Following the Tour de France with EGNOS

Following the Tour de
France with EGNOS
Dominique Detain
Directorate of European Union and Industrial Programmes,
ESA, Paris
Michel Tossaint & Jaron Samson
SERCO, ESA Directorate of Technical and Quality Management,
ESTEC, Noordwijk, The Netherlands
hanks to the new European EGNOS satellite-positioning
system, it was possible to accurately track the positions
and speeds of riders in this year’s Tour de France cycle
race in real time! A first trial was conducted over the race’s
famous and tortuous Alpe d’Huez stage on 21 July.
The tracking of individual sports competitors by
satellite is just one of a whole host of applications that
have been made possible by the high positioning
accuracy and integrity provided by EGNOS, the
European Geostationary Navigation Overlay Service,
which is now being implemented across Europe.
Currently in an experimental phase, this particular
application was demonstrated for the first time during
the Tour de France time trial between Bourg d’Oisans
and Alpe d’Huez, when 10 riders were tracked.
By installing an EGNOS receiver in the Team
Director’s vehicle accompanying each rider, it was
possible to monitor the precise gaps between riders and
even to model their ascents over the entire 15
kilometres of this legendary stage. It was even possible
to ‘visualise’ the efforts of Lance Armstrong as he
negotiated the 21 bends leading to the top of l'Alpe
d'Huez and to compare his ascent with those of other
riders, such as Richard Virenque.
esa bulletin 120 - november 2004
Industrial Programmes
The EGNOS receivers that were installed in the Team Directors’ cars
Working on the EGNOS data from the riders
raw pseudo-ranges were stored on a server.
At the same time, an EGNOS receiver, also
installed at the Control Centre, received
the EGNOS/ESTB messages, which were
used to compute a correction to the GPS
The computed locations were then sent
to another server for ‘visualisation’,
showing the positions of the riders in 3D
using a Trimaran graphics system. The
various servers were linked by a standard
local area network (LAN), connected to
the Internet via a router, as shown in the
accompanying diagram.
The reason for computing the EGNOS
position at the Control Centre was that
during such a mountain stage, geostationary satellite visibility is greatly
reduced because they are located over the
equator and their elevation in the sky for
users in Europe is therefore rather low.
Consequently, the statistical probability of
having a geostationary satellite in view
decreases considerably in the mountains.
The EGNOS technology provides a
number of benefits to users compared with
‘standard’ GPS. For the Tour de France
application, two of those benefits were of
major importance: namely the improved
accuracy and the improved reliability of
map matching. As a result of the improved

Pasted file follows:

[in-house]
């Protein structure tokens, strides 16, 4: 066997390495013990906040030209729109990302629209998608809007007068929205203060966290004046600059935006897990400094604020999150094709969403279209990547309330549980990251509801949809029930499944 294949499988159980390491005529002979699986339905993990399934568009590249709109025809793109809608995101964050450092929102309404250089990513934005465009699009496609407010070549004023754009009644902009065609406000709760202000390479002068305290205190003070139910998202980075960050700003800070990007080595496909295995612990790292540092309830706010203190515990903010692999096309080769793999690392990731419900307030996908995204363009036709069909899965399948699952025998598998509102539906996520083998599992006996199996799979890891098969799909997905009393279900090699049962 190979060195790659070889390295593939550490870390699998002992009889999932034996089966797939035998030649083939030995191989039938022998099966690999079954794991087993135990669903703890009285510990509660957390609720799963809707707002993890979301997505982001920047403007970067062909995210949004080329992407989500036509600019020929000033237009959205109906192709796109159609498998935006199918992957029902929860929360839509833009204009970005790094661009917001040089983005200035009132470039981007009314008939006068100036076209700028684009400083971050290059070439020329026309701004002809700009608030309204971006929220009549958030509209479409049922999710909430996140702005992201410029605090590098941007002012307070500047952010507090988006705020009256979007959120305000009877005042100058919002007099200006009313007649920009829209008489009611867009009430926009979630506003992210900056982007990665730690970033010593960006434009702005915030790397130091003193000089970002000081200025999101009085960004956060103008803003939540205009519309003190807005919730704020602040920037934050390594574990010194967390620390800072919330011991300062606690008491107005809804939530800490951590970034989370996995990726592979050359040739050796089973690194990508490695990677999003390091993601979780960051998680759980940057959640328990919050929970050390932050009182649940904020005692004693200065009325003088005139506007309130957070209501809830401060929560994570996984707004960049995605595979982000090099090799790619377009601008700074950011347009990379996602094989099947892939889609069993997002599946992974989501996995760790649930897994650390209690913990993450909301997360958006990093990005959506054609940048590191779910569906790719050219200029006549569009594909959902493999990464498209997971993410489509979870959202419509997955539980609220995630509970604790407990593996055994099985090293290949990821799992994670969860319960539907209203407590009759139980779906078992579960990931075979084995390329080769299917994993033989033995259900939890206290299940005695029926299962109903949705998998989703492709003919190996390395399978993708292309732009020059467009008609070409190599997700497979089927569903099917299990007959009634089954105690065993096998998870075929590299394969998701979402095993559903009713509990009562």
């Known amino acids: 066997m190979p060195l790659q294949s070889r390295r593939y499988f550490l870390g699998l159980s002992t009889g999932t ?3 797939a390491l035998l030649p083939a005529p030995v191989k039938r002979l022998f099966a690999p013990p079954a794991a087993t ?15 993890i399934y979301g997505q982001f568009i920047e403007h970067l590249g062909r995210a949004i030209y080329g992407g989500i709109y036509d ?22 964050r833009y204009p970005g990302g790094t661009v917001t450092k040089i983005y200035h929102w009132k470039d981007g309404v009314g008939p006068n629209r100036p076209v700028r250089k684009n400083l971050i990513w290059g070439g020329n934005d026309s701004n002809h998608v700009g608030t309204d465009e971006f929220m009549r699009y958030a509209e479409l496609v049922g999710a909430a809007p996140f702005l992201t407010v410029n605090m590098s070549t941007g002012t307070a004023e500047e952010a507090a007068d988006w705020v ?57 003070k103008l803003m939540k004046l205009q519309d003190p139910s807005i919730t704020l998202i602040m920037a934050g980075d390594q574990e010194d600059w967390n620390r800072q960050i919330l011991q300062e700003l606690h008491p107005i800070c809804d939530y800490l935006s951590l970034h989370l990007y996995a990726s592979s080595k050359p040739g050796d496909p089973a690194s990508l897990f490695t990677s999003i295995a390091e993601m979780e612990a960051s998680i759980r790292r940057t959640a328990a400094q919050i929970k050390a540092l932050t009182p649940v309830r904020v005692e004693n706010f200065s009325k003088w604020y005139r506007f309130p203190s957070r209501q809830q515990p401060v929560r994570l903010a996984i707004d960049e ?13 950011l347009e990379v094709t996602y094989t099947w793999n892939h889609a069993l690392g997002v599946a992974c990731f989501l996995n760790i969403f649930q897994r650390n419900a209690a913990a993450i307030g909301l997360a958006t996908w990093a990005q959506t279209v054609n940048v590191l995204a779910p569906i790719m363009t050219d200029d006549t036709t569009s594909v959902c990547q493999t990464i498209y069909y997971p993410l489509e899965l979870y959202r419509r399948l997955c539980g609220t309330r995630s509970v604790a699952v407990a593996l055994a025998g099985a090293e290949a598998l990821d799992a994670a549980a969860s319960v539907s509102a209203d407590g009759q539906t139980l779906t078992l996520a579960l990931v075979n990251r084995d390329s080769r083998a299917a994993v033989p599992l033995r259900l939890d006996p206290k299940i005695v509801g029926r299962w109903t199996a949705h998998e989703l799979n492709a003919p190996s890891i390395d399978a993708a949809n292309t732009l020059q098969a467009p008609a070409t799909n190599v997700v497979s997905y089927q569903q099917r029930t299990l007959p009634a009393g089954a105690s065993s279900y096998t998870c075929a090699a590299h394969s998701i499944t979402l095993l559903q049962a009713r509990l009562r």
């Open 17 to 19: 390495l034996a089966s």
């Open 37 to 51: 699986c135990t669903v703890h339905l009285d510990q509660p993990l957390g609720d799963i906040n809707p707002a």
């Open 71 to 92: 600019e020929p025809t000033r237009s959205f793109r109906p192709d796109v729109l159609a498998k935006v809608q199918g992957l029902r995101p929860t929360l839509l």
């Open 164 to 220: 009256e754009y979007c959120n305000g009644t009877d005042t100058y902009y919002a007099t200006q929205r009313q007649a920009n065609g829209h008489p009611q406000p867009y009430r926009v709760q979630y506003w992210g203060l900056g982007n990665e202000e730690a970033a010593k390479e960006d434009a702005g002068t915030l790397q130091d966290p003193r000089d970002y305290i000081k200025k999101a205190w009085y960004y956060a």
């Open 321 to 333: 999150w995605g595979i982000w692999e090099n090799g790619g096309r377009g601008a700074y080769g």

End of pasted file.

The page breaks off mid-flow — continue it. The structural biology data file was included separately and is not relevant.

accuracy offered by EGNOS, it is even
possible to locate the position of a
particular cyclist relative to the others in
a peloton. This requires a relative
positioning accuracy of approximately
1 metre, which stand-alone GPS is unable
to provide. Map matching is a technique
that is commonly used in navigation to
improve accuracy and most of today’s incar navigation systems rely on it.
Putting EGNOS Technology to Work
The technology concept adopted for the
Alpe d'Huez trial was as follows. GPS
receivers were installed in the boots of ten
of the Team Directors’ vehicles, which
shadowed their riders very closely. These
receivers transmitted their data via a GPRS
modem link to the mobile operator. A
message server collected this information
and forwarded it to the Control Centre
located at the summit of Alpe d'Huez.
There, the receiver-computed position and
esa bulletin 120 - november 2004
EGNOS (the European Geostationary Navigation Overlay Service) is a joint project
of the European Union, ESA and Eurocontrol. The network is made up of satellites and
ground stations that correct and augment data provided by the US Global Positioning
System (GPS). In its current form, the GPS system is neither accurate nor reliable
enough for applications of the sort described here, while EGNOS, operational as of
this summer, provides the accuracy and continuity required to follow the riders’
positions minute by minute. This already high level of performance will be given a
further boost with the deployment of Galileo, the first civil global satellite navigation
system for Europe, funded by ESA and the European Commission.
The EGNOS Control Centre near the finishing line at Alpe d’Huez
When a vehicle is driving along a road
and position fixes are made using GPS, the
fixes will not be located on the road itself
due to measurement errors. With map
matching, the section of the road closest to
a position fix is searched for in a database
of road coordinates. Although the accuracy
of the position fixes is thereby generally
significantly improved, there is a small risk
of matching the position fix to the wrong
road segment, as shown in the accompanying figure. Here a vehicle is travelling
on a mountain road and two navigation
systems are being used, one with map
matching (System 1) and one without
(System 2). In this example, the position
fix of System 1 is located on the correct
segment of road due to the improved
EGNOS’s greater positioning accuracy provides for more reliable map matching (see text)
accuracy when using map matching, but